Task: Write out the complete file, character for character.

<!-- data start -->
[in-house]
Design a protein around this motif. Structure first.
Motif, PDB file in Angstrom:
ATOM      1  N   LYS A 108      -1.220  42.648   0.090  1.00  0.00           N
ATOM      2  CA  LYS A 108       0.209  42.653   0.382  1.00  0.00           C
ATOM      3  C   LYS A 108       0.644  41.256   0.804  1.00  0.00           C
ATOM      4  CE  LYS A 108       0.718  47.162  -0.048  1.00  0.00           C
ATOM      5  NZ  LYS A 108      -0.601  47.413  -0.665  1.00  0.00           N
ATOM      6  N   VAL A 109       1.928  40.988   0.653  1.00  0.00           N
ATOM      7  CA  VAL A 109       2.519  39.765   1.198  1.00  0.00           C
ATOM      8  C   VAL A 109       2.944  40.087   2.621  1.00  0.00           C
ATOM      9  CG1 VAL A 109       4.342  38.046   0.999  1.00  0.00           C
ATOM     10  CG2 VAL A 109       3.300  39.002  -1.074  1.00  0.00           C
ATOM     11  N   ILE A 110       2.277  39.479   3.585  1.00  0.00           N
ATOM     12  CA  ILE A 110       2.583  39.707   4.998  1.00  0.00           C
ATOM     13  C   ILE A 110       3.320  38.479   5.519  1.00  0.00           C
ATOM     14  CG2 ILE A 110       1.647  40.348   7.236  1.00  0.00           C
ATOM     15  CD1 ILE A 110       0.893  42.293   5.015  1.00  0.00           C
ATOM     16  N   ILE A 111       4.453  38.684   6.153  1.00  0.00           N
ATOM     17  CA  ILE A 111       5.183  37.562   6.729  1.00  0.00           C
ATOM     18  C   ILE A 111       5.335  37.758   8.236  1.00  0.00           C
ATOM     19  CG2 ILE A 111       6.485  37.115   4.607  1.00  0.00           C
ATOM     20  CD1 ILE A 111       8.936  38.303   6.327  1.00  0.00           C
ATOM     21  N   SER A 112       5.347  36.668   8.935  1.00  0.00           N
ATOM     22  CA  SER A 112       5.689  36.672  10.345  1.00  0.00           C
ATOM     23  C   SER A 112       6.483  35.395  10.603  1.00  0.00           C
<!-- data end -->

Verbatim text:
[in-house]
Design a protein around this motif. Structure first.
Motif, PDB file in Angstrom:
ATOM      1  N   LYS A 108      -1.220  42.648   0.090  1.00  0.00           N
ATOM      2  CA  LYS A 108       0.209  42.653   0.382  1.00  0.00           C
ATOM      3  C   LYS A 108       0.644  41.256   0.804  1.00  0.00           C
ATOM      4  CE  LYS A 108       0.718  47.162  -0.048  1.00  0.00           C
ATOM      5  NZ  LYS A 108      -0.601  47.413  -0.665  1.00  0.00           N
ATOM      6  N   VAL A 109       1.928  40.988   0.653  1.00  0.00           N
ATOM      7  CA  VAL A 109       2.519  39.765   1.198  1.00  0.00           C
ATOM      8  C   VAL A 109       2.944  40.087   2.621  1.00  0.00           C
ATOM      9  CG1 VAL A 109       4.342  38.046   0.999  1.00  0.00           C
ATOM     10  CG2 VAL A 109       3.300  39.002  -1.074  1.00  0.00           C
ATOM     11  N   ILE A 110       2.277  39.479   3.585  1.00  0.00           N
ATOM     12  CA  ILE A 110       2.583  39.707   4.998  1.00  0.00           C
ATOM     13  C   ILE A 110       3.320  38.479   5.519  1.00  0.00           C
ATOM     14  CG2 ILE A 110       1.647  40.348   7.236  1.00  0.00           C
ATOM     15  CD1 ILE A 110       0.893  42.293   5.015  1.00  0.00           C
ATOM     16  N   ILE A 111       4.453  38.684   6.153  1.00  0.00           N
ATOM     17  CA  ILE A 111       5.183  37.562   6.729  1.00  0.00           C
ATOM     18  C   ILE A 111       5.335  37.758   8.236  1.00  0.00           C
ATOM     19  CG2 ILE A 111       6.485  37.115   4.607  1.00  0.00           C
ATOM     20  CD1 ILE A 111       8.936  38.303   6.327  1.00  0.00           C
ATOM     21  N   SER A 112       5.347  36.668   8.935  1.00  0.00           N
ATOM     22  CA  SER A 112       5.689  36.672  10.345  1.00  0.00           C
ATOM     23  C   SER A 112       6.483  35.395  10.603  1.00  0.00           C